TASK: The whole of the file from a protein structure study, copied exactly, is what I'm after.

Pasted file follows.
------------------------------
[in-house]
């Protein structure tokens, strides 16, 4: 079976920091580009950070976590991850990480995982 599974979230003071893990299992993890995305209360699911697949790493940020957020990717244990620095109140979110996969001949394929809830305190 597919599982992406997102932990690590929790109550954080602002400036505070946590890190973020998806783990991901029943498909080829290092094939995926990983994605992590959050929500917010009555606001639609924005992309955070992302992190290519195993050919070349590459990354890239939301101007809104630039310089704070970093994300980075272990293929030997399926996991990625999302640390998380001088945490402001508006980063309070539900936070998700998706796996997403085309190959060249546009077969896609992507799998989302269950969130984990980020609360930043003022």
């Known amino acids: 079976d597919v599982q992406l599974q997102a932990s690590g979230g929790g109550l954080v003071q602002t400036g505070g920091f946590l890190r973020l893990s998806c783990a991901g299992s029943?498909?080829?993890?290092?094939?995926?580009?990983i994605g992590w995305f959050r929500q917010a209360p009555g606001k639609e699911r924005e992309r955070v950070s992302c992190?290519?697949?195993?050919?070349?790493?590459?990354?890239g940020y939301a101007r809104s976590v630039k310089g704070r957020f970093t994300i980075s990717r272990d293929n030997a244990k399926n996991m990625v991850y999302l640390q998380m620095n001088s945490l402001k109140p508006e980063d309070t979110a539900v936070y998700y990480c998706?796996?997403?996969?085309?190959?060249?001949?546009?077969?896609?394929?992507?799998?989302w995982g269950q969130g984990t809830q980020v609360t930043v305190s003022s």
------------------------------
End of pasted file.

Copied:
[in-house]
């Protein structure tokens, strides 16, 4: 079976920091580009950070976590991850990480995982 599974979230003071893990299992993890995305209360699911697949790493940020957020990717244990620095109140979110996969001949394929809830305190 597919599982992406997102932990690590929790109550954080602002400036505070946590890190973020998806783990991901029943498909080829290092094939995926990983994605992590959050929500917010009555606001639609924005992309955070992302992190290519195993050919070349590459990354890239939301101007809104630039310089704070970093994300980075272990293929030997399926996991990625999302640390998380001088945490402001508006980063309070539900936070998700998706796996997403085309190959060249546009077969896609992507799998989302269950969130984990980020609360930043003022």
């Known amino acids: 079976d597919v599982q992406l599974q997102a932990s690590g979230g929790g109550l954080v003071q602002t400036g505070g920091f946590l890190r973020l893990s998806c783990a991901g299992s029943?498909?080829?993890?290092?094939?995926?580009?990983i994605g992590w995305f959050r929500q917010a209360p009555g606001k639609e699911r924005e992309r955070v950070s992302c992190?290519?697949?195993?050919?070349?790493?590459?990354?890239g940020y939301a101007r809104s976590v630039k310089g704070r957020f970093t994300i980075s990717r272990d293929n030997a244990k399926n996991m990625v991850y999302l640390q998380m620095n001088s945490l402001k109140p508006e980063d309070t979110a539900v936070y998700y990480c998706?796996?997403?996969?085309?190959?060249?001949?546009?077969?896609?394929?992507?799998?989302w995982g269950q969130g984990t809830q980020v609360t930043v305190s003022s």